The New York Times continued to push for amnesty for illegal immigrants, this time on Saturday's front page, courtesy of its most reliable pro-amnesty reporter, Julia Preston, reporting from New Haven, "Young Immigrants Say It's Obama's Time to Act." For the umpteenth time the paper boasted of illegals emerging "from the shadows" (although for a such a frightened group, they sure do get their pictures in the Times a lot).
It has been a good year for young immigrants living in the country without legal papers, the ones who call themselves Dreamers.
Their protests and pressure helped push President Obama to offer many of them reprieves from deportation. So far about 310,000 youths have emerged from the shadows to apply, with numbers rising rapidly.
Door-knocking campaigns led by those immigrants, who could not vote, mobilized many Latinos who could, based in no small part on the popularity of the reprieve program. After Latinos rewarded Mr. Obama with 71 percent of their votes, the president said one of the first items on his agenda next year would be a bill to legalize 11 million illegal immigrants in the United States, which would offer a path to citizenship for young people.
Now, movement leaders say, it is payback time. When Congress last debated broad reform, in 2007, populist energy was on the side of those opposing amnesty for illegal immigrants. Angry resistance from Republicans defeated a legalization proposal by President George W. Bush.
Gaby Pacheco, 27, originally from Ecuador, hoped to teach children with autism, but without papers could not be certified. In 2010 she joined a four-month protest walk from her home in Miami to Washington with three other students.
Indeed, Preston awarded that four-student "march" a full story, buying in to the self-serving melodrama of the protesters.
Preston followed up in Monday's edition with a dispatch from Kansas City from the United We Dream "congress," "Immigrant Activists Cast a Wider Net – Young Leaders Plan to Mobilize For Comprehensive Overhaul." The gathering of 600 was compose mostly of illegal immigrants, as she admits indirectly in paragraph 7 when she said "most of the young people who attended the conference do not have legal papers."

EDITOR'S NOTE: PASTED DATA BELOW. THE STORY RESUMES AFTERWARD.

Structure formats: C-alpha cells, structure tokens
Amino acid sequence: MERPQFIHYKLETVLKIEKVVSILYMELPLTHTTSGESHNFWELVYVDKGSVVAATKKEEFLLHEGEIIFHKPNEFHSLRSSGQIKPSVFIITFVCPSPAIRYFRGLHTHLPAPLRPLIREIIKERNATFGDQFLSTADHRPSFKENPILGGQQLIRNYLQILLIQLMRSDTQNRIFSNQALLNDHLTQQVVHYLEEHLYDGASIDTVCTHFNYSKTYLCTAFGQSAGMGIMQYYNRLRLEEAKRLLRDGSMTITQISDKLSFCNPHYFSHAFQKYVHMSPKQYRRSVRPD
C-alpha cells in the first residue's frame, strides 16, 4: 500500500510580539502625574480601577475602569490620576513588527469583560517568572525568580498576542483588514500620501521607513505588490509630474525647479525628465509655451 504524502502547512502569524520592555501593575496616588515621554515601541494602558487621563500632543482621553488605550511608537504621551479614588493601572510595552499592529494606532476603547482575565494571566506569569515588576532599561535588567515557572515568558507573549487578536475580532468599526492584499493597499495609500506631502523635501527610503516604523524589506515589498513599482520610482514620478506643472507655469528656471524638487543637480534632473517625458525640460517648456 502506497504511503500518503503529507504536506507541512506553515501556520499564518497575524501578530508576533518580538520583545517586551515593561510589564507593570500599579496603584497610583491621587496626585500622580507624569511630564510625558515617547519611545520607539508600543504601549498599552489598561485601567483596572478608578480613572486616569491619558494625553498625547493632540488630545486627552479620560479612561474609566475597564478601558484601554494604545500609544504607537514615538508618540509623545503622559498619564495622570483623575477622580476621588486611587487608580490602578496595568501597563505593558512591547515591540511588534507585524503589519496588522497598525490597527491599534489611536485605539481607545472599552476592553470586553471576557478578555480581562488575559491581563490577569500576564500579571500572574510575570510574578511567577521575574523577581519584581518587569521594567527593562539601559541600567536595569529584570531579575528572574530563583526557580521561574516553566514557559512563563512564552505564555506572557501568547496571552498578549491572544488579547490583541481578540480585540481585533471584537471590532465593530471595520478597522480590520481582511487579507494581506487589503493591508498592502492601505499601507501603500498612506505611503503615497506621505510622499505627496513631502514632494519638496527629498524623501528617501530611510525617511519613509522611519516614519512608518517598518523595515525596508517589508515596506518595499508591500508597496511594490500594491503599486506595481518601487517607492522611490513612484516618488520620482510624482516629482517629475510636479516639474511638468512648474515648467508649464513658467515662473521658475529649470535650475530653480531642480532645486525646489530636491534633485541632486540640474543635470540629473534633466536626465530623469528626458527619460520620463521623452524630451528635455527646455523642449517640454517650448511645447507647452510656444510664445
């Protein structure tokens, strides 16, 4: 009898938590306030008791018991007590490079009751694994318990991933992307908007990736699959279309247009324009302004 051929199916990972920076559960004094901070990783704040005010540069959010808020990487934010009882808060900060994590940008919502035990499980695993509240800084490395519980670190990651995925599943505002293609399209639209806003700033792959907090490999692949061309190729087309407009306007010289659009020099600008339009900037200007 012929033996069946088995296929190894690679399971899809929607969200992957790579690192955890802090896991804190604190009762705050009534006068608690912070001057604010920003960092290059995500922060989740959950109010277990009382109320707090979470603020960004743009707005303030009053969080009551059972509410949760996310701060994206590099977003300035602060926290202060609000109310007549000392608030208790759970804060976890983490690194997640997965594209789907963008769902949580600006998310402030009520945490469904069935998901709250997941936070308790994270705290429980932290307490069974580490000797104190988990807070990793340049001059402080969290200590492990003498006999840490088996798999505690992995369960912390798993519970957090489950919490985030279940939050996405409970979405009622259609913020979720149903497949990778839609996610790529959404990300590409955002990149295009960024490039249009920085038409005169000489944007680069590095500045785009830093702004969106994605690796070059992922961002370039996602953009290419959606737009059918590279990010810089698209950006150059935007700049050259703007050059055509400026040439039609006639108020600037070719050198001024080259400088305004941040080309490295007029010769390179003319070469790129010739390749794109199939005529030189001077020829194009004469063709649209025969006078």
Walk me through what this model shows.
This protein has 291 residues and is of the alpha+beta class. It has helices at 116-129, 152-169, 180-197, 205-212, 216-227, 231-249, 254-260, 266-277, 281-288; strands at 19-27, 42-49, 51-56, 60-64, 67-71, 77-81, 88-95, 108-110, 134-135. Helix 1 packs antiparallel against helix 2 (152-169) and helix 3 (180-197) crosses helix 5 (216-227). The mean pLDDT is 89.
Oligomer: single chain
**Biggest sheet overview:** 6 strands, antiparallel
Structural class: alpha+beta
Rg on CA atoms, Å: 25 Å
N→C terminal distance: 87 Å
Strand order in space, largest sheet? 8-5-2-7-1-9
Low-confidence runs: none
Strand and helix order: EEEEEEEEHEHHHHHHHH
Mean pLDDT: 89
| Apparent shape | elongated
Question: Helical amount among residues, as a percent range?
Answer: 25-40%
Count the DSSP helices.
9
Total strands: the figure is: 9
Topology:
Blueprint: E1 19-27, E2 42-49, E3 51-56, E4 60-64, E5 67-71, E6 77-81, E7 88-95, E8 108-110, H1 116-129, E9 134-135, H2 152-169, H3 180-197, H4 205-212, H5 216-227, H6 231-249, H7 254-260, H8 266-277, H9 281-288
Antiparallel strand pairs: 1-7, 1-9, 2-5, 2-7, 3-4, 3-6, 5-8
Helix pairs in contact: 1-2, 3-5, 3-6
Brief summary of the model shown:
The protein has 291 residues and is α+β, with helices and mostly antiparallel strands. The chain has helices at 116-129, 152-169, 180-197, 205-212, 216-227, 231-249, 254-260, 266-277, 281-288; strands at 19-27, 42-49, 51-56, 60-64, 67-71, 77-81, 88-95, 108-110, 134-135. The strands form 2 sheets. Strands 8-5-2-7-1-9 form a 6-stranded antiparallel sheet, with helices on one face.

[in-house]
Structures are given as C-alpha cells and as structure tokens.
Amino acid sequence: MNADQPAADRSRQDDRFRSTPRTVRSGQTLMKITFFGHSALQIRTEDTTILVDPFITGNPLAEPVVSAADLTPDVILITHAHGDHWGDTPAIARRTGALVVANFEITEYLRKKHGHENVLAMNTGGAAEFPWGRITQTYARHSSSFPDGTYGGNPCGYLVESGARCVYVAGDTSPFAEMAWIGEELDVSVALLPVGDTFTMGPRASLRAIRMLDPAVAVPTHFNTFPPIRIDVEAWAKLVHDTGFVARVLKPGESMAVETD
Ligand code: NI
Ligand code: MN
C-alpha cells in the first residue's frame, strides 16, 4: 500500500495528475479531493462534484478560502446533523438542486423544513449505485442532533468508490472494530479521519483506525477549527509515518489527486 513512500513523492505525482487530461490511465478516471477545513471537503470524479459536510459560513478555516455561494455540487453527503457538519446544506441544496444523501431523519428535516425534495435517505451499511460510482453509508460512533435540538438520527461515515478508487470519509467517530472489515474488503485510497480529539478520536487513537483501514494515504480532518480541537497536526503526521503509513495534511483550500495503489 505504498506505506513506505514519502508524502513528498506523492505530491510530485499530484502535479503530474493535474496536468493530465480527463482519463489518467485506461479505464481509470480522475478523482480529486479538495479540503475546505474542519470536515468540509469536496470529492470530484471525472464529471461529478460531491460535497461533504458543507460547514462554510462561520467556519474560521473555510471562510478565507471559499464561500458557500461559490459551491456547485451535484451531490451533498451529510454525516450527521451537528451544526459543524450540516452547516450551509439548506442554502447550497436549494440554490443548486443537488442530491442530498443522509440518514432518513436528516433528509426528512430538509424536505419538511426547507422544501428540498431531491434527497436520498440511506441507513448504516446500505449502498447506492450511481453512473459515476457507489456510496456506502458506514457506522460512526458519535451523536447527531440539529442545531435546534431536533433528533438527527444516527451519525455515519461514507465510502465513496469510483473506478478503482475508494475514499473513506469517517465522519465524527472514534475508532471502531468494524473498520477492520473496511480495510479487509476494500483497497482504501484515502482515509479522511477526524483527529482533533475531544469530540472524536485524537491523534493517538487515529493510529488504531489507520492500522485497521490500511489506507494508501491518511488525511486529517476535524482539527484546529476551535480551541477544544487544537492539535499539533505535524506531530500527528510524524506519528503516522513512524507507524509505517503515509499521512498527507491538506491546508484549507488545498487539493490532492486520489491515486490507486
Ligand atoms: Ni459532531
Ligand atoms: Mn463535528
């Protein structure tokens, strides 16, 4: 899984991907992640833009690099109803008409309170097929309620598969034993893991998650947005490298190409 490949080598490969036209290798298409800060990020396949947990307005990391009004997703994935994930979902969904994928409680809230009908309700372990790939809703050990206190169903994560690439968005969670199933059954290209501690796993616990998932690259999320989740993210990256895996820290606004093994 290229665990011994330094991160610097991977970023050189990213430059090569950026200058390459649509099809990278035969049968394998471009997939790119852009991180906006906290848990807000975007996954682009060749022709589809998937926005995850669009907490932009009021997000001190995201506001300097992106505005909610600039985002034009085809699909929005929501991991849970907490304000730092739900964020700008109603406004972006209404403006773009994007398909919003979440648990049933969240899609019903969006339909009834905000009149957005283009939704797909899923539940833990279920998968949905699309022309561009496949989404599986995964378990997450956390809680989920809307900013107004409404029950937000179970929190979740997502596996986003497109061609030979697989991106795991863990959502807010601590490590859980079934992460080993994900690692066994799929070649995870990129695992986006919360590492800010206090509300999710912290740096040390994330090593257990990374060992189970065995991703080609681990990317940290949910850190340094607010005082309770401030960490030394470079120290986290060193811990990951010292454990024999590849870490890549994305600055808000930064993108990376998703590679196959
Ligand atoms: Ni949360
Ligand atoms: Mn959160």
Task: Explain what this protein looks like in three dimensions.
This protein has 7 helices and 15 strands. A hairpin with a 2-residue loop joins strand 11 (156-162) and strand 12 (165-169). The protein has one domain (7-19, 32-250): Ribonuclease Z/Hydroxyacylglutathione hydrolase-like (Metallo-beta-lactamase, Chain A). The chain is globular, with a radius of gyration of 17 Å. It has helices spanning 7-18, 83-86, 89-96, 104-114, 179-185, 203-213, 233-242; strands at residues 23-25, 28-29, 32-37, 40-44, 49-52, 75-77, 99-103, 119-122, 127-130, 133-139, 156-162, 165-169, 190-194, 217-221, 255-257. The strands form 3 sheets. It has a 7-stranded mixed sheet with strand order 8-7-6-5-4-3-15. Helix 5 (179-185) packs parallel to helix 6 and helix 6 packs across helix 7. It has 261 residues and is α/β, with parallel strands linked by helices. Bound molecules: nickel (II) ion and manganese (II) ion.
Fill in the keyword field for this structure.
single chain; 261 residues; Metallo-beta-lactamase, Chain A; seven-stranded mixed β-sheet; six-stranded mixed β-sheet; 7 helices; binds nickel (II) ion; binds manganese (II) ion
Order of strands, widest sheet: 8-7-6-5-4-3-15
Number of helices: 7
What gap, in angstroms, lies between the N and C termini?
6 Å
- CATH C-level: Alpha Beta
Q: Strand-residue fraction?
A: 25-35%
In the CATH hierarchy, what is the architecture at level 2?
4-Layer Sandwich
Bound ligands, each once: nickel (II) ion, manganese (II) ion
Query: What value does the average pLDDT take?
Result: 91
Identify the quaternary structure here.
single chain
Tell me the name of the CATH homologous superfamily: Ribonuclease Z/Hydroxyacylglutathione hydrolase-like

After a boisterous three-day congress here, more than 600 leaders of a national movement of young immigrants living in the country without legal papers voted to expand beyond their past demands for citizenship for young people, and to mobilize in support of a bill to legalize 11 million illegal immigrants in the United States.
The leaders of the United We Dream network, the largest organization of youths here illegally, decided to push President Obama and Congress next year for legislation to open a path to citizenship for them and their families. The move will increase pressure on Mr. Obama and lawmakers to pass a comprehensive overhaul, rather than taking on the debate over immigration in smaller pieces to try to gain more support among Republicans.
The network’s platform calling for an “inclusive pathway to citizenship,” which the leaders adopted unanimously in a vote on Sunday morning, is likely to have a large influence on the debate Mr. Obama said he planned to kick off soon after his inauguration in January. The young people, who call themselves Dreamers, generally attract more sympathy from American voters than other immigrants here illegally, because most were brought to the country as children and many became activists after their illegal status thwarted their plans for college.
Preston pushed Obama from the left.
For many young people, getting here was still a challenge. Some who came from California said they had taken the risk of flying for the first time, passing security with state identity documents. Others came by car from places like Florida, New York and Texas, driven by the few among them who have valid licenses.
Their decision to push for legal status for their families was intensely emotional. When they were asked at a plenary session how many had been separated by deportation from a parent or other close family member, hundreds of hands went up. They were critical of Mr. Obama for deporting more than 1.4 million people during his first term.
Preston concluded with the standard "GOP is doomed" spiel.
Network leaders said the election results, in which Mitt Romney won only 27 percent of the Latino vote, give them new influence with both parties, but particularly with Republicans.
“The Republican Party alienated Latino voters in ways they hadn’t done before,” said Lorella Praeli, a leader of the United We Dream organization. “Our leverage is that our community is growing,” Ms. Praeli said. She suggested that young immigrants ask Republicans: “Do you want your party to see the inside of the White House again?”